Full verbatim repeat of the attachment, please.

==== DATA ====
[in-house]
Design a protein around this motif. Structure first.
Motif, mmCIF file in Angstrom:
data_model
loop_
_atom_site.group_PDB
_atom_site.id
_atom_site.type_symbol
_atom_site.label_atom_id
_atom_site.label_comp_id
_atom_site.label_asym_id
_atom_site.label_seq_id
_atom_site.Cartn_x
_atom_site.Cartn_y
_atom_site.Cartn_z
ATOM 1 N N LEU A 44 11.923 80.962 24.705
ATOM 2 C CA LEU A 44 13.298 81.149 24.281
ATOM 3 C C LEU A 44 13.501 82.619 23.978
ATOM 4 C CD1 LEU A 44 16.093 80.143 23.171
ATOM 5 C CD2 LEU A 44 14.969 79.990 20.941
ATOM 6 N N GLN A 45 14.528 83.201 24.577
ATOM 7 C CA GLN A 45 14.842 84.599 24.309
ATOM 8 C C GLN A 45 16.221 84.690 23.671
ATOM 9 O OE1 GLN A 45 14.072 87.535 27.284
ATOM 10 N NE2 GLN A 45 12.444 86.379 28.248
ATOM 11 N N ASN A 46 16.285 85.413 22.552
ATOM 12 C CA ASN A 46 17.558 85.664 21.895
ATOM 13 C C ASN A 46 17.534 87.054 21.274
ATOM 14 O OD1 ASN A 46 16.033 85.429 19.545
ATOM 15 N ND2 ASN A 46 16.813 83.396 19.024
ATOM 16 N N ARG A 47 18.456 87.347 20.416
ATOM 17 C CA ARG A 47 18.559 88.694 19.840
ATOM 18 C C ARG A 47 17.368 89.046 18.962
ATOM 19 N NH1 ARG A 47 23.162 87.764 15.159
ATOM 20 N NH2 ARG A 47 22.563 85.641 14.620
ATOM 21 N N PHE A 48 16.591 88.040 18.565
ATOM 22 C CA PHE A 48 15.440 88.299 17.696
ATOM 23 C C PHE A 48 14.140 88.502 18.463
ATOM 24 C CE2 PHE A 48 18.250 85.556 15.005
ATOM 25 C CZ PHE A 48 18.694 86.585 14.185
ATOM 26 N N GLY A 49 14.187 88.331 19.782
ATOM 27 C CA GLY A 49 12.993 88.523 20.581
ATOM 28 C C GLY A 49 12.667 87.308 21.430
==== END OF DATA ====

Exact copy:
[in-house]
Design a protein around this motif. Structure first.
Motif, mmCIF file in Angstrom:
data_model
loop_
_atom_site.group_PDB
_atom_site.id
_atom_site.type_symbol
_atom_site.label_atom_id
_atom_site.label_comp_id
_atom_site.label_asym_id
_atom_site.label_seq_id
_atom_site.Cartn_x
_atom_site.Cartn_y
_atom_site.Cartn_z
ATOM 1 N N LEU A 44 11.923 80.962 24.705
ATOM 2 C CA LEU A 44 13.298 81.149 24.281
ATOM 3 C C LEU A 44 13.501 82.619 23.978
ATOM 4 C CD1 LEU A 44 16.093 80.143 23.171
ATOM 5 C CD2 LEU A 44 14.969 79.990 20.941
ATOM 6 N N GLN A 45 14.528 83.201 24.577
ATOM 7 C CA GLN A 45 14.842 84.599 24.309
ATOM 8 C C GLN A 45 16.221 84.690 23.671
ATOM 9 O OE1 GLN A 45 14.072 87.535 27.284
ATOM 10 N NE2 GLN A 45 12.444 86.379 28.248
ATOM 11 N N ASN A 46 16.285 85.413 22.552
ATOM 12 C CA ASN A 46 17.558 85.664 21.895
ATOM 13 C C ASN A 46 17.534 87.054 21.274
ATOM 14 O OD1 ASN A 46 16.033 85.429 19.545
ATOM 15 N ND2 ASN A 46 16.813 83.396 19.024
ATOM 16 N N ARG A 47 18.456 87.347 20.416
ATOM 17 C CA ARG A 47 18.559 88.694 19.840
ATOM 18 C C ARG A 47 17.368 89.046 18.962
ATOM 19 N NH1 ARG A 47 23.162 87.764 15.159
ATOM 20 N NH2 ARG A 47 22.563 85.641 14.620
ATOM 21 N N PHE A 48 16.591 88.040 18.565
ATOM 22 C CA PHE A 48 15.440 88.299 17.696
ATOM 23 C C PHE A 48 14.140 88.502 18.463
ATOM 24 C CE2 PHE A 48 18.250 85.556 15.005
ATOM 25 C CZ PHE A 48 18.694 86.585 14.185
ATOM 26 N N GLY A 49 14.187 88.331 19.782
ATOM 27 C CA GLY A 49 12.993 88.523 20.581
ATOM 28 C C GLY A 49 12.667 87.308 21.430